Irish presidential election, 2018

From Wikipedia, the free encyclopedia
Jump to navigation Jump to search

Irish presidential election, 2018

← 2011 26 October 2018

  Peter-casey.jpg Gavin Duffy.jpg JoanFreemanPetaHousePressPack.jpg
Nominee Peter Casey Gavin Duffy Joan Freeman
Party Independent Independent Independent

  Seán Gallagher portrait.jpg President Higgins's visit FINIRISH BATT HQ, Lebanon (cropped).jpg Liadh Ní Riada.jpg
Nominee Seán Gallagher Michael D. Higgins Liadh Ní Riada
Party Independent Independent Sinn Féin

Incumbent President

Michael D. Higgins
Independent



The Irish presidential election of 2018 will take place on Friday, 26 October, between 7.00 a.m. and 10.00 p.m.[1] President Michael D. Higgins, who was elected in 2011, is seeking re-election.[2] This will be the first time since the 1966 election that an incumbent president will face a contest for a second term, and the first occasion on which an incumbent president nominating themselves for re-election has been opposed, as Éamon de Valera was nominated by Fianna Fáil when he sought re-election in 1966. It is also the first election with two candidates who contested the previous election. The inauguration for the next presidential term will take place on 11 November.

The election will be held on the same date as a referendum on blasphemy.[3]

Procedure[edit]

Presidential elections are conducted in line with Article 12 of the Constitution[4] and under the Presidential Elections Act 1993, as amended.[5] All Irish citizens entered on the current electoral register are eligible to vote.[4] Under the Electoral (Amendment) Act 2011, there is a spending limit by each candidate of €750,000. Candidates who are elected or who reach 12.5% of the vote on their elimination are entitled to a reimbursement of expenses up to €200,000.[6]

Candidates[edit]

Peter Casey[edit]

Peter Casey is a businessman from Derry who formerly appeared on a television series, Dragons' Den.[7]

Gavin Duffy[edit]

Gavin Duffy is a businessman from Kildare and has been a dragon on Dragons' Den since it first broadcast in 2009.[8][9]

Joan Freeman[edit]

Joan Freeman founded Pieta House, a suicide intervention charity, in 2006.[10][11][12] She served as its director until 2014. In 2016, she was nominated by the Taoiseach as a member of Seanad Éireann, sitting as an Independent. She is supported by Rural Independent TDs Michael Collins, Michael Harty and Mattie McGrath.[13]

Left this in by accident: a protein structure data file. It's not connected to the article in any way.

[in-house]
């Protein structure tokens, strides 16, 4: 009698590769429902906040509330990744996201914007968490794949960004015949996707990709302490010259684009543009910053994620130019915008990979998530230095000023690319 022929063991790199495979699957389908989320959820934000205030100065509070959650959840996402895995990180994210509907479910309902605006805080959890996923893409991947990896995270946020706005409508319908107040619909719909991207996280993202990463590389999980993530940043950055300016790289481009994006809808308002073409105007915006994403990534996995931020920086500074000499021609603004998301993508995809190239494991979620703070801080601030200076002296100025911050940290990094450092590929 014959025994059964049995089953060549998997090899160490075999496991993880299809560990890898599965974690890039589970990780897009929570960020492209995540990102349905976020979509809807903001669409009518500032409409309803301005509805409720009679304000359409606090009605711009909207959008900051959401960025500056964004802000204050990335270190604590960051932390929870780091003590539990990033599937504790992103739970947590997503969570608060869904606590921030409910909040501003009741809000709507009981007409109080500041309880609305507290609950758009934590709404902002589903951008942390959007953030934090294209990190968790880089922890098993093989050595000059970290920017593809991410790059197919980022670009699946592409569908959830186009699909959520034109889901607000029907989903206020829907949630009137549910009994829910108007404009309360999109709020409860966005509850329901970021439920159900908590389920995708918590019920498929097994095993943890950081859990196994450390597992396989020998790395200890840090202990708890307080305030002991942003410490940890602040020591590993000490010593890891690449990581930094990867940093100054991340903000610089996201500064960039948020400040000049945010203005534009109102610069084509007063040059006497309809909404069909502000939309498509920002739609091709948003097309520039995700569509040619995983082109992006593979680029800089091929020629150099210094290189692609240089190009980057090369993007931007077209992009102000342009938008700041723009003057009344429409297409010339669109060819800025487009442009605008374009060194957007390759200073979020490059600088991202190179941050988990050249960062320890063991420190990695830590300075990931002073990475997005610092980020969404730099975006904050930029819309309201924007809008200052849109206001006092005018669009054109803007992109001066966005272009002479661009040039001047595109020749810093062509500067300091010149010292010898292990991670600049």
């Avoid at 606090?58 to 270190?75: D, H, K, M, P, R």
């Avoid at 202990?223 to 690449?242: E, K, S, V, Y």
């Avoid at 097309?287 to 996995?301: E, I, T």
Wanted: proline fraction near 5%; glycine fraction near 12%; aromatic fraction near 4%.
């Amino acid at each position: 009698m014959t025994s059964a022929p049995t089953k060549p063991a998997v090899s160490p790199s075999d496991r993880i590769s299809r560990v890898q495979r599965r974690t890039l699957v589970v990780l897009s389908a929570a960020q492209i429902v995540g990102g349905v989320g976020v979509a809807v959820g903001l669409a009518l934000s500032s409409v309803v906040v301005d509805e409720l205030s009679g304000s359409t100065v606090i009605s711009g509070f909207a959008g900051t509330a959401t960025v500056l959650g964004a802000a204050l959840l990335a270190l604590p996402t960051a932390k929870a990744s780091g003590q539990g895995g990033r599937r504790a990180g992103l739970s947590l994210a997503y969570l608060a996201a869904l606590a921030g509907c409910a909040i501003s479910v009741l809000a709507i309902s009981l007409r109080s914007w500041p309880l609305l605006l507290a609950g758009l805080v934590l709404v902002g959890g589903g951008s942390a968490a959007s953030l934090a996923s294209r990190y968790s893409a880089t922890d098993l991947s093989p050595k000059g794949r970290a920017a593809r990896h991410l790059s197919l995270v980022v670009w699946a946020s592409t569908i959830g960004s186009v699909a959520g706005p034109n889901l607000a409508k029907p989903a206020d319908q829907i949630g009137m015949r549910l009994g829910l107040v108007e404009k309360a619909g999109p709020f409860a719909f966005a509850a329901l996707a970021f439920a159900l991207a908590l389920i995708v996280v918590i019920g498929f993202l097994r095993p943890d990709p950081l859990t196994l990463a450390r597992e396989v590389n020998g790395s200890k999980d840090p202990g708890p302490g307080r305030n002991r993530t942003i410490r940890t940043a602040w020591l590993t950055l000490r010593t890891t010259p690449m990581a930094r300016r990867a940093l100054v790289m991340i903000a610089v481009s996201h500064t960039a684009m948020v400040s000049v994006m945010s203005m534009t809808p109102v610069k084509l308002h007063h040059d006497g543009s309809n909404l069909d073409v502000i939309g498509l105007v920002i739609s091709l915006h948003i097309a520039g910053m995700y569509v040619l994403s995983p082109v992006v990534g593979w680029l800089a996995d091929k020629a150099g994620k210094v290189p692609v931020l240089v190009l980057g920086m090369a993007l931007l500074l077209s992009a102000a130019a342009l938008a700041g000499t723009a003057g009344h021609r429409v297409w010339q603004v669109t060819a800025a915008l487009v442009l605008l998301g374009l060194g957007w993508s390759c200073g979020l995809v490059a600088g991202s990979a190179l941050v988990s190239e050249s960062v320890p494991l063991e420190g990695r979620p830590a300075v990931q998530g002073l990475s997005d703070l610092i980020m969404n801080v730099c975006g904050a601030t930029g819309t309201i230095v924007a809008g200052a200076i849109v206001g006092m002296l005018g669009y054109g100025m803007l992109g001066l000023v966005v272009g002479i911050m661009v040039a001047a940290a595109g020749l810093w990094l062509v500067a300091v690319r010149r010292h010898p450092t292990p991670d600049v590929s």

Seán Gallagher[edit]

Seán Gallagher is a businessman from Cavan who came second in the 2011 presidential election.[14][10] He was a dragon investor in the first three seasons of Dragons' Den.

Michael D. Higgins[edit]

On 10 July 2018, current president Michael D. Higgins declared that he would nominate himself as a candidate for the presidential election.[15][16] Higgins had said in 2011 that he intended to serve one term only, but changed his mind over the course of his term.[17] Higgins's website and social media accounts became active on 17 September, having been dormant since his inauguration in November 2011.[18] He nominated himself on 24 September.[2]

He has the support of Fine Gael,[19][20] Fianna Fáil,[21][22] the Labour Party,[23][24] the Social Democrats,[25][26] the Green Party,[27] and the Workers' Party,[28] as well as Independent ministers Katherine Zappone[29] and John Halligan.[30]

Liadh Ní Riada[edit]

Liadh Ní Riada, MEP for South since 2014, was confirmed as the Sinn Féin candidate on 16 September.[31][32]

Nomination process[edit]

On 28 August the Minister for Housing, Planning and Local Government, Eoghan Murphy, signed the order for the presidential election, specifying the nomination period as between 10 a.m. on 30 August and 12 noon on 26 September 2018.[1]

To stand for election as president, candidates must:

  • be a citizen of Ireland
  • be at least 35 years of age
  • be nominated by:
    • at least twenty of the 218 serving members of the Houses of the Oireachtas (parliament), or
    • at least four of the 31 county or city councils, or
    • themselves, in the case of a former or retiring president who has served one term.

If a member of the Oireachtas or a County or City council nominate more than one candidate, only the first nomination paper received from them will be deemed valid.[5]

The president exercised his right to nominate himself for a second term.[2]